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Saturday, November 07, 2009

Ex-PM 'might move to Cambodia'


Fugitive former premier Thaksin Shinawatra is likely to use Cambodia as the new base for his political operations due to its proximity to Thailand, political scientist Chaianan Samudvanija said yesterday.

He said Cambodia would be more favourable for Thaksin as his current base - Dubai in the United Arab Emirates - is "too far away" from Thailand.

However, Chaianan, a former Constitution Court judge, said he thought Thaksin's decision to move his base to Cambodia "would not be a wise one". He explained that Thais generally are not familiar with having their politicians relying on assistance from other countries.

He was speaking at a seminar organised by the National Institute of Development Administration (Nida) in Pattaya.

Chaianan said that with Thaksin moving to Cambodia, political activities would become "more intense" as politicians close to him would find it easier to meet him in the neighbouring country.

He also had no worries about the increasing rivalry between the red shirts and the yellow shirts, saying the confrontation was part of political development to a higher level of democracy. He said Thais have become more politically active and their participation in political activities has become uninterrupted, unlike that during the brief periods around the student-led uprising of October 1973.

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Put country above self, Abhisit tells Thaksin

By The Nation on Sunday

Prime Minister Abhisit Vejjajiva yesterday hit back at ex-premier Thaksin Shinawatra, calling on him to review his stance over becoming an economic adviser to Cambodia.

The premier said Thaksin should put the country's interests ahead of his own and not hurt its relations with neighbouring countries.

Responding to Thaksin's statement accusing the government of using internal politics to pressure Cambodia, Abhisit said the government did not start the problem. He said it started when Cambodia announced its decision to appoint Thaksin an adviser, which adversely affects Thailand's justice system.

"I have met Cambodian Prime Minister Hun Sen many times and we had good understanding, till Pheu Thai Party chairman General Chavalit Yongchaiyudh went to Cambodia and Thaksin was appointed as economic adviser to Cambdodia. The problem then started. Thaksin is a Thai, he should be sensitive and not blame the government,'' he said.

Abhisit said the government's downgrading of the country's relations with Cambodia was not too severe and would not lead to military clashes or affect bilateral trade.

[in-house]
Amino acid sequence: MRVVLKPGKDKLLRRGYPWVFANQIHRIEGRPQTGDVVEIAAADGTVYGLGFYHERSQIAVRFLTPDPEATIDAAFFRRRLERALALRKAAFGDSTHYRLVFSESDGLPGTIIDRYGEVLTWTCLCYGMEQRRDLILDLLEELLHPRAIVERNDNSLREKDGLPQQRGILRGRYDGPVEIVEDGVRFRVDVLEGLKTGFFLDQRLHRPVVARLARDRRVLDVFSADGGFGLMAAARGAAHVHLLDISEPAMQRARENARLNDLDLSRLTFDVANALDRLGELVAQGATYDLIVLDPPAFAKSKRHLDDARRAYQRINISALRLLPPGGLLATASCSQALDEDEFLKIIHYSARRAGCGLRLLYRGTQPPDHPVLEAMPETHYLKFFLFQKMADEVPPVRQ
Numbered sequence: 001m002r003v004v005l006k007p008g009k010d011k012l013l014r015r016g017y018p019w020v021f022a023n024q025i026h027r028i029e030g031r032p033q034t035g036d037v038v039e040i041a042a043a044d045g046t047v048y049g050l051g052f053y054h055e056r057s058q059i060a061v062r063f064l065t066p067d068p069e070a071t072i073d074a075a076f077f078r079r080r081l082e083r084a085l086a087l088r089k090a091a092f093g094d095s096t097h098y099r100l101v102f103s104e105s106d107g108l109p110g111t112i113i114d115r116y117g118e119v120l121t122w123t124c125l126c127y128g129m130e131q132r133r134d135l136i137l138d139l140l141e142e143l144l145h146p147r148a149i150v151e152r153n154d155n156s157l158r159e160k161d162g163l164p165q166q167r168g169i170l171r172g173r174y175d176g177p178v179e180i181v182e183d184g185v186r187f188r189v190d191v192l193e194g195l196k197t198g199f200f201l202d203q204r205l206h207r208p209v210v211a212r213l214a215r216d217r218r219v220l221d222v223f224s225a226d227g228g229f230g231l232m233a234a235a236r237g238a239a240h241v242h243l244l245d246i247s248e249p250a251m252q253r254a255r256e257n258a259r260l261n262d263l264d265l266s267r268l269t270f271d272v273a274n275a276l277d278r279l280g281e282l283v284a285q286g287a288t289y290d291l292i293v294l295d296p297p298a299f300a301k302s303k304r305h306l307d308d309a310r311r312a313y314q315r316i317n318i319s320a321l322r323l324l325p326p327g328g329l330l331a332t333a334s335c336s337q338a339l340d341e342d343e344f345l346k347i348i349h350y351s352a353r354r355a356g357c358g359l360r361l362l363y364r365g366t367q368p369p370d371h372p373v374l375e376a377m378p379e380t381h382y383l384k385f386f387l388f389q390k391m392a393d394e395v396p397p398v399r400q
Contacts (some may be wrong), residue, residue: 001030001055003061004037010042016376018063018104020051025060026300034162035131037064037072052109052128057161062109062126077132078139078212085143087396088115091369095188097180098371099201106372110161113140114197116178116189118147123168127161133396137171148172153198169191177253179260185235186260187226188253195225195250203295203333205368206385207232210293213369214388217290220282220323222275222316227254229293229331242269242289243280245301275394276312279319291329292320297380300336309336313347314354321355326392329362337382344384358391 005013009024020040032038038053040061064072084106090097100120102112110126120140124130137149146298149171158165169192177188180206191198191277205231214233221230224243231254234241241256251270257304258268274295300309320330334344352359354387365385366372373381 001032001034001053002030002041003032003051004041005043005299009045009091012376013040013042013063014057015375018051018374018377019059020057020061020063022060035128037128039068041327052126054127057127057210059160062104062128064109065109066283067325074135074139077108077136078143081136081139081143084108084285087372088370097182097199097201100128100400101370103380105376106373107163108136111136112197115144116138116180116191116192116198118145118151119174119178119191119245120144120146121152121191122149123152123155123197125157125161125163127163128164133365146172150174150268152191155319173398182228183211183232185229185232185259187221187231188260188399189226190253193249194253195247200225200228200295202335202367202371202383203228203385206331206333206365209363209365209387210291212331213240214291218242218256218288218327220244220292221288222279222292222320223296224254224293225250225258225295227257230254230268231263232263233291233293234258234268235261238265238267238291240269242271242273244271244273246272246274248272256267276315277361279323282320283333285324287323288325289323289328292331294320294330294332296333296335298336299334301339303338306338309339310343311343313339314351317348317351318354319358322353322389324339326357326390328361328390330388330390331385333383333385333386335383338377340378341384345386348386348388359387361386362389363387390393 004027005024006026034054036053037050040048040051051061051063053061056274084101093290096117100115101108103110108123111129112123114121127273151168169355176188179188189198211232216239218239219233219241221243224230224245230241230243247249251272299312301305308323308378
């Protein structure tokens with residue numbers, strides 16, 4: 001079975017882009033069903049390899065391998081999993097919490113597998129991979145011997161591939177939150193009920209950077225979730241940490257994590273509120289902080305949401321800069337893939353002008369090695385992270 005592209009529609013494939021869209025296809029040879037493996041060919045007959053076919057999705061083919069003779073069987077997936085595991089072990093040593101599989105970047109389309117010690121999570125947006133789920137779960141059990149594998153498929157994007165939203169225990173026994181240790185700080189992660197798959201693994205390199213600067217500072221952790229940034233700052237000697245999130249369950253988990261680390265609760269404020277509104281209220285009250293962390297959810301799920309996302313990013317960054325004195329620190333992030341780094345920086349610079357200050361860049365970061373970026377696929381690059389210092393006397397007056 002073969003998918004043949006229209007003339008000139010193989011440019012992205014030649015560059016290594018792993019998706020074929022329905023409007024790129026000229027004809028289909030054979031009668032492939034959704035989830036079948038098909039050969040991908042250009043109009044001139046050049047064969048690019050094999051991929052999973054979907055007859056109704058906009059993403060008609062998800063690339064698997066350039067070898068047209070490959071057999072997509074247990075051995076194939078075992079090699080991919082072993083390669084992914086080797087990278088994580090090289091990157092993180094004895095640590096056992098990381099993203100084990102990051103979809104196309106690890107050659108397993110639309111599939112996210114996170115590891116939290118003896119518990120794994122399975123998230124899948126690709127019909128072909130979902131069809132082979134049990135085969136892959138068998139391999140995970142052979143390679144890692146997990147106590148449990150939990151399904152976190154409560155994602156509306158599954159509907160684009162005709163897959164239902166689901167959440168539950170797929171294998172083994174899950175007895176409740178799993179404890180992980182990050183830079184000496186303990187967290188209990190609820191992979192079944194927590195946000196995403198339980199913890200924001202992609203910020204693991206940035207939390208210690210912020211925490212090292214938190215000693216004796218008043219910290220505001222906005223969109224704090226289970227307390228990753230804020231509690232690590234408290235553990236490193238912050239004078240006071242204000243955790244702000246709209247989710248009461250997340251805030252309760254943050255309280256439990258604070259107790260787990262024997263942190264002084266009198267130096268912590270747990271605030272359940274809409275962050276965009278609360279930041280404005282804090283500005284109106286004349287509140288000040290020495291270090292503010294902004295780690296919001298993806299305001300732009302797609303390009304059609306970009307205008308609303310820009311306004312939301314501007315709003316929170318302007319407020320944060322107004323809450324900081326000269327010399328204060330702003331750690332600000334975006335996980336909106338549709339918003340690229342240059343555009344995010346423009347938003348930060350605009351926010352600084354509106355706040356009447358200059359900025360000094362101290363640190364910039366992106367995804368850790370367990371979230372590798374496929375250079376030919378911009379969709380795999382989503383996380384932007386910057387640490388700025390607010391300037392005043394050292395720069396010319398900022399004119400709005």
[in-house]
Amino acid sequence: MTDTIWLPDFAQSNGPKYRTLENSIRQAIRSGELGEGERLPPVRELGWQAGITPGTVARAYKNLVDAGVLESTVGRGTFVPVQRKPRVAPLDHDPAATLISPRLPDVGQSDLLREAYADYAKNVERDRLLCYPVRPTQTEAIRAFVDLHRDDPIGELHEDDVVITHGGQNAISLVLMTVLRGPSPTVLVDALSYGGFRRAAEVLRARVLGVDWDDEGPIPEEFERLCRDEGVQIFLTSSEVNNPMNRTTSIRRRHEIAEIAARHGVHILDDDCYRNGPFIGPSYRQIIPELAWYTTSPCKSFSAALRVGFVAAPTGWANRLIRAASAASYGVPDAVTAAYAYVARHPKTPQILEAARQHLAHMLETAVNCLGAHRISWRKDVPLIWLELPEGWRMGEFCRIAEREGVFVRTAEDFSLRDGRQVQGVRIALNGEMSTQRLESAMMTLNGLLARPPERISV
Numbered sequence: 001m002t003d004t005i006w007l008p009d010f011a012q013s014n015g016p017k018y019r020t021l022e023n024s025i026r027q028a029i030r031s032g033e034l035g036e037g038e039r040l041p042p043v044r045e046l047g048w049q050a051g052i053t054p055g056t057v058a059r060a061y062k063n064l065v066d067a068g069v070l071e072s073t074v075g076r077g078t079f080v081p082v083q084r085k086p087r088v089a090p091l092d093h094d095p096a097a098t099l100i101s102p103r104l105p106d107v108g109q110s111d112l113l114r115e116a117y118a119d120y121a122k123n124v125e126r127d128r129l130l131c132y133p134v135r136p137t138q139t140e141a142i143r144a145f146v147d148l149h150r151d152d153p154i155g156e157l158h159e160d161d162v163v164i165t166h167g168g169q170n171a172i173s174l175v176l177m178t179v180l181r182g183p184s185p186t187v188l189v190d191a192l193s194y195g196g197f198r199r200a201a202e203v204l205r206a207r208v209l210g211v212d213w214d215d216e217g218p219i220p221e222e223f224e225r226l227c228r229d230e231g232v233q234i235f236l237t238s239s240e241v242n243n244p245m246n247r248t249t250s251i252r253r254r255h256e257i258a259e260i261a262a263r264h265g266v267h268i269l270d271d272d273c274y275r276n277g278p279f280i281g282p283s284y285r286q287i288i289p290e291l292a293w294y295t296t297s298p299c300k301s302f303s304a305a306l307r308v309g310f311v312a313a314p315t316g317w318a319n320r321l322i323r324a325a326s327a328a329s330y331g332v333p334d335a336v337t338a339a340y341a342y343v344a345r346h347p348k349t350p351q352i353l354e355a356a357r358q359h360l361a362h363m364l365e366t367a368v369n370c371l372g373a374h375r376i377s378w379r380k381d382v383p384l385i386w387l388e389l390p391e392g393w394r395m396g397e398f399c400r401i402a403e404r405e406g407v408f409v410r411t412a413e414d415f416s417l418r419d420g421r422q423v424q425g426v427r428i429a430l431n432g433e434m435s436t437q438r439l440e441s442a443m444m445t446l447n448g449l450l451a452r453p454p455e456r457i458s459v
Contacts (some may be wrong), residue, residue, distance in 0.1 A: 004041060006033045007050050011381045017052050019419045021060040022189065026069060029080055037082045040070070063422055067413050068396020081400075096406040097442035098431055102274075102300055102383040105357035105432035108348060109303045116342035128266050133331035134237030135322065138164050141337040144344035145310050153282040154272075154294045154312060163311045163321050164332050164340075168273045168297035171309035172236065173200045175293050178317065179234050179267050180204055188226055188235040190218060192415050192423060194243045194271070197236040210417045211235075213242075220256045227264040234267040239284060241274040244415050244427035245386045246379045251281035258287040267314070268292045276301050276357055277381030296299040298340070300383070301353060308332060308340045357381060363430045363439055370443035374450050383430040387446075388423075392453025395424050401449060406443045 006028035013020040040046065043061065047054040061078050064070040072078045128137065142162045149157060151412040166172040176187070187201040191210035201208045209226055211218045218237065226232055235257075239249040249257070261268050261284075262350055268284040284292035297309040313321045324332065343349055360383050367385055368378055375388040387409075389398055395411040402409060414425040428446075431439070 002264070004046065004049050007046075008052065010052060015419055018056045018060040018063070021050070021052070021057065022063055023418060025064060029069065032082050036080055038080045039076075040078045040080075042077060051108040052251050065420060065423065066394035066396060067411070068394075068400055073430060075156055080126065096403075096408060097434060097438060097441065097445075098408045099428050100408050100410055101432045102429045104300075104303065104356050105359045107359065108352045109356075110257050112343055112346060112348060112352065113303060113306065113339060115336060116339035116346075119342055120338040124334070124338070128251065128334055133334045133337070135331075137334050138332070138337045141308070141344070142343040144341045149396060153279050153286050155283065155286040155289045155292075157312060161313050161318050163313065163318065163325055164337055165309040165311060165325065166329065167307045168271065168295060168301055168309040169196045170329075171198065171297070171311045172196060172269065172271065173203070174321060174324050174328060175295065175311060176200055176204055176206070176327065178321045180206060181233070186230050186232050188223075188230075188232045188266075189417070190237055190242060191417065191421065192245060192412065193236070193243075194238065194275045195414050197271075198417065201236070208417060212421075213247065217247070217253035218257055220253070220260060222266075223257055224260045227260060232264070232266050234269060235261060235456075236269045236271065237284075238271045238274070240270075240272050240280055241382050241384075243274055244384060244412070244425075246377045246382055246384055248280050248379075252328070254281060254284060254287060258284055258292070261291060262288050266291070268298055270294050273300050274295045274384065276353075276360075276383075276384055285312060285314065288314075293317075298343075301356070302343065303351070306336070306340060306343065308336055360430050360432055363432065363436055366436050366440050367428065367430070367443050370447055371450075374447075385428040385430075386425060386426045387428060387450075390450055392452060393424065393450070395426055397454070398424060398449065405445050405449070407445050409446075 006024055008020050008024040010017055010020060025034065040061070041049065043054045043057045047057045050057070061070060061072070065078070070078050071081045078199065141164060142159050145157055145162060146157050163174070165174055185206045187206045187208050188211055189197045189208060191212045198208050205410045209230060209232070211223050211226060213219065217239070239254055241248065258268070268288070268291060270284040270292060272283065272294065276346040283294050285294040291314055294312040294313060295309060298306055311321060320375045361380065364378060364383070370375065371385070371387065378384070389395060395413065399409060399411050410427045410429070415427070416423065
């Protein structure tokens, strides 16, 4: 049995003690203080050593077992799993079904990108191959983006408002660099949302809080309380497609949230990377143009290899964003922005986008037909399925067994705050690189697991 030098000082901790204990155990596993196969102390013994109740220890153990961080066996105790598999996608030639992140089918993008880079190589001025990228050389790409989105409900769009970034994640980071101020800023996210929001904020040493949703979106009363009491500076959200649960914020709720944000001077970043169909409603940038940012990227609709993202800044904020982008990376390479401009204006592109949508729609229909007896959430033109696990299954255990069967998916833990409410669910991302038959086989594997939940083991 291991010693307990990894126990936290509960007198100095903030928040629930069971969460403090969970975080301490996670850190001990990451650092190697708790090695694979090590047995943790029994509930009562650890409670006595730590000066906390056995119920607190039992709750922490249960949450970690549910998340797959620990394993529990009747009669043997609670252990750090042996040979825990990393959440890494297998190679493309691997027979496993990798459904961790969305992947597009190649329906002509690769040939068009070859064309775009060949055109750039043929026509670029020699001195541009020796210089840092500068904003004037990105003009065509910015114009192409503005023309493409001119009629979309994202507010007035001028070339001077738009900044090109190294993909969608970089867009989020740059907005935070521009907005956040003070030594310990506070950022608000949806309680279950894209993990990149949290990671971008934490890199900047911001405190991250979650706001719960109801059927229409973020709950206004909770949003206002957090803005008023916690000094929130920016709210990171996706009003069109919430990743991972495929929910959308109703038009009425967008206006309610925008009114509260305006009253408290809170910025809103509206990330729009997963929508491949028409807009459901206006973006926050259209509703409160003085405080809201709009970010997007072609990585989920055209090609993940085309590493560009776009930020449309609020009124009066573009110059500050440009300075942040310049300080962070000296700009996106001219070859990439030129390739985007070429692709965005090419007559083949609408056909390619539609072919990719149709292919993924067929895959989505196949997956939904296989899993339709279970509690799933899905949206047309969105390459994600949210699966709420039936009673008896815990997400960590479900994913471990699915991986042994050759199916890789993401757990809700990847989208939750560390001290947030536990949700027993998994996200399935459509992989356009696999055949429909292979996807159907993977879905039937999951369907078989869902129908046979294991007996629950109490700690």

He said Thaksin must review his stance in accepting to become an economic adviser to Cambodia because he knew all information as he had headed the government when Thailand signed the Memorandum of Understanding over the maritime overlapping zone.

"Which government will let the country lose its leverage and allow its justice system to be questioned? If we had not done that, how could have we have protected the country's interests?'' he said.

He said Thaksin's decision to side with Cambodia raised more suspicions against him over allegations that he had a vested interest over the signing of the MoU with Cambodia to seek interests in the overlapping zone.

"This make people wonder why Thaksin seems to be concerned about the interest of other countries more than his own country. They wonder whether he has a self-interest in that,'' Abhisit said.

The premier denied that the government was provoking nationalist sentiment, saying Thaksin was the one who had a problem not having nationalism.

Meanwhile, Pheu Thai Party spokesman Prompong Nopparit yesterday said the party was concerned about recent opinion poll results, which showed that a majority of respondents supported the government's retaliation against Cambodia. He said both the Dusit Poll and Abac Poll were not impartial and the party would conduct a survey to find out the public response to the move.

He said Thaksin would on Tuesday clarify his stance about accepting the advisory position and the MoU agreement with Cambodia.

Pheu Thai MP Surapong Towichakkul challenged that if the Democrat Party believed the poll results that its popularity had surged it should dissolve Parliament and call a general election.

Also yesterday Borwornsak Uwanno, secretary-general of the King Prajadhipok's Institute, said the government had reacted correctly by recalling Thailand's ambassador to Cambodia. He warned, however, that the conflict between Thailand and Cambodia could lead to the dissolution of Asean.

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INTERVIEW - Thai PM says no plan yet to seal border with Cambodia

By Yoko Nishikawa